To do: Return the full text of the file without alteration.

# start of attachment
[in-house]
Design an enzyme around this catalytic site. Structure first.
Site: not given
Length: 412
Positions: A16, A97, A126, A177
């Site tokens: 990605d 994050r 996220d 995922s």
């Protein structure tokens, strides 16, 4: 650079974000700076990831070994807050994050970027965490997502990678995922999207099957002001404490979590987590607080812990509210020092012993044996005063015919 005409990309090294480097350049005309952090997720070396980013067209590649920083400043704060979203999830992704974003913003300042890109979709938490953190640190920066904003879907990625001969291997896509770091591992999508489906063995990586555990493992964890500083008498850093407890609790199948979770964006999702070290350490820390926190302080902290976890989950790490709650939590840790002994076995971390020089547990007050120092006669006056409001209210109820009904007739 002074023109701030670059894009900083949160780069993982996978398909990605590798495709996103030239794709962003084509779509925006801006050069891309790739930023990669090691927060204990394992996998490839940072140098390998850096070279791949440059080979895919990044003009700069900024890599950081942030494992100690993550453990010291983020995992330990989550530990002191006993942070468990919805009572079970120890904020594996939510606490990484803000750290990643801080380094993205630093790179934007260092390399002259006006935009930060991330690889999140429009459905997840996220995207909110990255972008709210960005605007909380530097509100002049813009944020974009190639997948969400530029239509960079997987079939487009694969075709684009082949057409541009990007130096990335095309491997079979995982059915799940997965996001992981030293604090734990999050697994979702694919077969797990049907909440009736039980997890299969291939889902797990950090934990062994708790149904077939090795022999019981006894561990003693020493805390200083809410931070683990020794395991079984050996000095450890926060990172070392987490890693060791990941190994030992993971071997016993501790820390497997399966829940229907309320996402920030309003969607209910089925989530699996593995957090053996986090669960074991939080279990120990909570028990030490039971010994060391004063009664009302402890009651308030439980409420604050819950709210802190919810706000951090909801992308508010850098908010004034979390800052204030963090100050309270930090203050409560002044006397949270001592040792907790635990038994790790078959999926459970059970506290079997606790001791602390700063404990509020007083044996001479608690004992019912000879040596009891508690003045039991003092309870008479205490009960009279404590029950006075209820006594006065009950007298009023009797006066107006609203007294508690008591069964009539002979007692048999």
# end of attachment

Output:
[in-house]
Design an enzyme around this catalytic site. Structure first.
Site: not given
Length: 412
Positions: A16, A97, A126, A177
């Site tokens: 990605d 994050r 996220d 995922s």
């Protein structure tokens, strides 16, 4: 650079974000700076990831070994807050994050970027965490997502990678995922999207099957002001404490979590987590607080812990509210020092012993044996005063015919 005409990309090294480097350049005309952090997720070396980013067209590649920083400043704060979203999830992704974003913003300042890109979709938490953190640190920066904003879907990625001969291997896509770091591992999508489906063995990586555990493992964890500083008498850093407890609790199948979770964006999702070290350490820390926190302080902290976890989950790490709650939590840790002994076995971390020089547990007050120092006669006056409001209210109820009904007739 002074023109701030670059894009900083949160780069993982996978398909990605590798495709996103030239794709962003084509779509925006801006050069891309790739930023990669090691927060204990394992996998490839940072140098390998850096070279791949440059080979895919990044003009700069900024890599950081942030494992100690993550453990010291983020995992330990989550530990002191006993942070468990919805009572079970120890904020594996939510606490990484803000750290990643801080380094993205630093790179934007260092390399002259006006935009930060991330690889999140429009459905997840996220995207909110990255972008709210960005605007909380530097509100002049813009944020974009190639997948969400530029239509960079997987079939487009694969075709684009082949057409541009990007130096990335095309491997079979995982059915799940997965996001992981030293604090734990999050697994979702694919077969797990049907909440009736039980997890299969291939889902797990950090934990062994708790149904077939090795022999019981006894561990003693020493805390200083809410931070683990020794395991079984050996000095450890926060990172070392987490890693060791990941190994030992993971071997016993501790820390497997399966829940229907309320996402920030309003969607209910089925989530699996593995957090053996986090669960074991939080279990120990909570028990030490039971010994060391004063009664009302402890009651308030439980409420604050819950709210802190919810706000951090909801992308508010850098908010004034979390800052204030963090100050309270930090203050409560002044006397949270001592040792907790635990038994790790078959999926459970059970506290079997606790001791602390700063404990509020007083044996001479608690004992019912000879040596009891508690003045039991003092309870008479205490009960009279404590029950006075209820006594006065009950007298009023009797006066107006609203007294508690008591069964009539002979007692048999």